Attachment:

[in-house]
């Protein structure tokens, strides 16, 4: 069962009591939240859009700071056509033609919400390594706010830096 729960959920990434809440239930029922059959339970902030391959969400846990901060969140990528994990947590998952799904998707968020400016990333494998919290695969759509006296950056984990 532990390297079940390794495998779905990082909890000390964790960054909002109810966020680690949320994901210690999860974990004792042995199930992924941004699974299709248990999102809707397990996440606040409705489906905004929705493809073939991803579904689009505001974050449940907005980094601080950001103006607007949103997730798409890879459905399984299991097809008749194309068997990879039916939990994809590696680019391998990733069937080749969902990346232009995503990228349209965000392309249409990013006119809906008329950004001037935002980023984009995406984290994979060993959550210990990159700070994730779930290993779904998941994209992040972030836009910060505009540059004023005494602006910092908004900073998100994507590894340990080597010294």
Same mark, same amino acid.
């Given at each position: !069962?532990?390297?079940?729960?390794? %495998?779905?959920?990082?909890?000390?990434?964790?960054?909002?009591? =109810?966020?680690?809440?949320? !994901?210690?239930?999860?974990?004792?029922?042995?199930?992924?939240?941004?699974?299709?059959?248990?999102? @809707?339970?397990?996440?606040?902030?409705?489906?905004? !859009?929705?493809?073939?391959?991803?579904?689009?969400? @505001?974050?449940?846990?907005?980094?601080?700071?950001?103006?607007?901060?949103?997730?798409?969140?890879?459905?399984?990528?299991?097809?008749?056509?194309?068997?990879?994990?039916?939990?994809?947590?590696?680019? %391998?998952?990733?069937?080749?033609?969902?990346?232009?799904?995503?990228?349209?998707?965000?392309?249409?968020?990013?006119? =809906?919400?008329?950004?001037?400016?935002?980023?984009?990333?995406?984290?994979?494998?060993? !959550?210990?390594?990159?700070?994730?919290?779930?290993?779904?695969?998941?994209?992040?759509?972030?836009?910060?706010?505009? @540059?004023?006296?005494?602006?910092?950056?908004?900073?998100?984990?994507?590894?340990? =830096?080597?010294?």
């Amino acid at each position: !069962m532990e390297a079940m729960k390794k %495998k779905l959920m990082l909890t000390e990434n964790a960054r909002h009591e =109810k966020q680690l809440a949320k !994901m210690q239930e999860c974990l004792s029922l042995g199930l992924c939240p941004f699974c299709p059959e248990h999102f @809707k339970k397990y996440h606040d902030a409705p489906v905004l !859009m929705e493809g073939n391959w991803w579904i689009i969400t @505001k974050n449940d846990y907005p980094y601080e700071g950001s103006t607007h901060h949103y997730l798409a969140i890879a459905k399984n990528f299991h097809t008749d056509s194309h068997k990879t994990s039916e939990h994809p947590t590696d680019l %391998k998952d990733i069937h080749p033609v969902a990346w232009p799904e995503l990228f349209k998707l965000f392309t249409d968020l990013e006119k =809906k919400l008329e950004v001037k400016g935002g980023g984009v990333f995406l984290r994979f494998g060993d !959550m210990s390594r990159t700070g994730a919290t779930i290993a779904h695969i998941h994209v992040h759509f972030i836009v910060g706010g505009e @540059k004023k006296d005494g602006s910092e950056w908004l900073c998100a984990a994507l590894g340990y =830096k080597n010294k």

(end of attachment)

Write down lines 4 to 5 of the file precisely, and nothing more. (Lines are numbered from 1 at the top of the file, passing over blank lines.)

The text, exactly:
């Given at each position: !069962?532990?390297?079940?729960?390794? %495998?779905?959920?990082?909890?000390?990434?964790?960054?909002?009591? =109810?966020?680690?809440?949320? !994901?210690?239930?999860?974990?004792?029922?042995?199930?992924?939240?941004?699974?299709?059959?248990?999102? @809707?339970?397990?996440?606040?902030?409705?489906?905004? !859009?929705?493809?073939?391959?991803?579904?689009?969400? @505001?974050?449940?846990?907005?980094?601080?700071?950001?103006?607007?901060?949103?997730?798409?969140?890879?459905?399984?990528?299991?097809?008749?056509?194309?068997?990879?994990?039916?939990?994809?947590?590696?680019? %391998?998952?990733?069937?080749?033609?969902?990346?232009?799904?995503?990228?349209?998707?965000?392309?249409?968020?990013?006119? =809906?919400?008329?950004?001037?400016?935002?980023?984009?990333?995406?984290?994979?494998?060993? !959550?210990?390594?990159?700070?994730?919290?779930?290993?779904?695969?998941?994209?992040?759509?972030?836009?910060?706010?505009? @540059?004023?006296?005494?602006?910092?950056?908004?900073?998100?984990?994507?590894?340990? =830096?080597?010294?």
């Amino acid at each position: !069962m532990e390297a079940m729960k390794k %495998k779905l959920m990082l909890t000390e990434n964790a960054r909002h009591e =109810k966020q680690l809440a949320k !994901m210690q239930e999860c974990l004792s029922l042995g199930l992924c939240p941004f699974c299709p059959e248990h999102f @809707k339970k397990y996440h606040d902030a409705p489906v905004l !859009m929705e493809g073939n391959w991803w579904i689009i969400t @505001k974050n449940d846990y907005p980094y601080e700071g950001s103006t607007h901060h949103y997730l798409a969140i890879a459905k399984n990528f299991h097809t008749d056509s194309h068997k990879t994990s039916e939990h994809p947590t590696d680019l %391998k998952d990733i069937h080749p033609v969902a990346w232009p799904e995503l990228f349209k998707l965000f392309t249409d968020l990013e006119k =809906k919400l008329e950004v001037k400016g935002g980023g984009v990333f995406l984290r994979f494998g060993d !959550m210990s390594r990159t700070g994730a919290t779930i290993a779904h695969i998941h994209v992040h759509f972030i836009v910060g706010g505009e @540059k004023k006296d005494g602006s910092e950056w908004l900073c998100a984990a994507l590894g340990y =830096k080597n010294k």